Wart’s up?

Warts are pesky things caused by a virus called the human papilloma virus (HPV) that invades the upper layers of the skin. Dr Manish K Shah on those pesky skin ailments

health and fitness Updated: Feb 09, 2009 20:45 IST
Dr Manish K Shah
Dr Manish K Shah
Hindustan Times

They may range in size from a few millimetres to some centimetres. They come in various shapes. They may be flat-surfaced or have a cauliflower-like growth. Warts are pesky things caused by a virus called the human papilloma virus (HPV) that invades the upper layers of the skin.

No location is immune. Common warts are those that occur anywhere on the body, but are seen more frequently on the hands and feet. They tend to be rough to the touch.

Trauma in the form of biting the nails facilitates their spread. On the soles of the feet, warts often resemble corns. After a series of corn cap applications, one sees that just the top of the wart and the surrounding skin shed, but the core remains intact.

Flat warts resemble raised freckles and are often located on the face and limbs. Friction caused by shaving and waxing allow them to multiply. Warts can occur on the genitals too, in a vegetable-like growth. In this location, they are often sexually acquired.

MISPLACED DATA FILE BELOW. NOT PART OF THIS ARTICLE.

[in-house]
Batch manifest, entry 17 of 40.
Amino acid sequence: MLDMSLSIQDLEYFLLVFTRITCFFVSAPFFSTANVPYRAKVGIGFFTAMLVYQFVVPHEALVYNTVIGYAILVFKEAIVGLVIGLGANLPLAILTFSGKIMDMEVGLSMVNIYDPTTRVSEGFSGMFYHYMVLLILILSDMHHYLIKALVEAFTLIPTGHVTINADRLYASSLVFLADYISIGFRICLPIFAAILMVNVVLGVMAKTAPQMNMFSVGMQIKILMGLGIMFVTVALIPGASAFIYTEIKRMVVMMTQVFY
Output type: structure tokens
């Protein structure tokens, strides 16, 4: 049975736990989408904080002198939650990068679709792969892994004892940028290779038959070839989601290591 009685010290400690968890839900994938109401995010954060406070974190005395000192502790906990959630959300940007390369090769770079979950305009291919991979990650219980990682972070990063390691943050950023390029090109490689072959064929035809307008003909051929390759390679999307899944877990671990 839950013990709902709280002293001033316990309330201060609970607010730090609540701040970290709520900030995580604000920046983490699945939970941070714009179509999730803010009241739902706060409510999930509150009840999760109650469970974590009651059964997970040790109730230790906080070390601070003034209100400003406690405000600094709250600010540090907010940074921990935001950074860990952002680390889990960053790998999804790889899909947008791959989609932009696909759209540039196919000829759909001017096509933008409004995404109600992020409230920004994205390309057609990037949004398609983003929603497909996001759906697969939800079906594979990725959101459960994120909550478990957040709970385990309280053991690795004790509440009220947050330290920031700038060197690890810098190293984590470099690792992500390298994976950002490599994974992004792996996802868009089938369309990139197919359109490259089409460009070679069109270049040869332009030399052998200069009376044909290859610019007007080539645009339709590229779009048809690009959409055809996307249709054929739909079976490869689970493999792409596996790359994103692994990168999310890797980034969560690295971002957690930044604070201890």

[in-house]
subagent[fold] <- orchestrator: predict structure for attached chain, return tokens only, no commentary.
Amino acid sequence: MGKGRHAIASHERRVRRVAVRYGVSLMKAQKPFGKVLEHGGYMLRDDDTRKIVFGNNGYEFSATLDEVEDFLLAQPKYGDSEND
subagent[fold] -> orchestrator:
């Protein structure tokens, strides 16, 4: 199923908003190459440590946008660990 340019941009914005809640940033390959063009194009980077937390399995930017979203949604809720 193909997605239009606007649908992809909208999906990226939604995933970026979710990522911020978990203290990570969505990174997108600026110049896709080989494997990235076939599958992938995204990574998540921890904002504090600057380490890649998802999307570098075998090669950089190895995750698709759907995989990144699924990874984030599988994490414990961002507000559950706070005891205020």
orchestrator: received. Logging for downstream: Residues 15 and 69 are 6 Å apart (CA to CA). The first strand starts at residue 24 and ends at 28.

Virus call
Why do certain people get warts? The wart virus is widely distributed in nature. When one’s immune system is down, the virus enters the skin and proliferates. The body’s defence system may be weak in general or specifically against HPV. When the immunity repairs itself, warts may disappear spontaneously. Stress too seems to figure in their growth. I have had a few cases when after the stressful situation was resolved, the warts disappeared.

Getting rid of warts can be an onerous task. The basic aim is to destroy as many warts as possible. This effectively diminishes the load of virus in the body. Combinations of salicylic acid and lactic acid are appropriate on the hands and feet, but never the face. Of course, it may take weeks to eradicate warts in this fashion.

A particularly safe, effective and relatively pain-free treatment option is cryotherapy. In this method, the wart is frozen with extreme cold in the form of liquid nitrogen.

Cryotherapy too may require multiple sessions depending on the size and thickness of the wart. Alternatively, warts may be burnt by electrosurgery, under local anaesthesia.

Wish them away
A newer agent called imiquimod is effective, particularly for genital warts. For common warts, it may work if combined with an agent that will dissolve thick skin. Remember that destructive modalities target those warts that are being treated.
There are often virus particles lurking in surrounding skin that are not visible. So if new warts sprout, they too have to be dealt with.

Alternative medicine modalities like homoeopathy and hypnosis have been tried for stubborn warts with varying degrees of success. I have come across some patients whose warts have dissolved within a couple of weeks of homoeopathy treatment. Unfortunately there have been others who have not responded even after months of treatment. But I do feel to some extent you can wish away warts if you have an incredibly positive bent of mind.

First Published: Feb 09, 2009 20:45 IST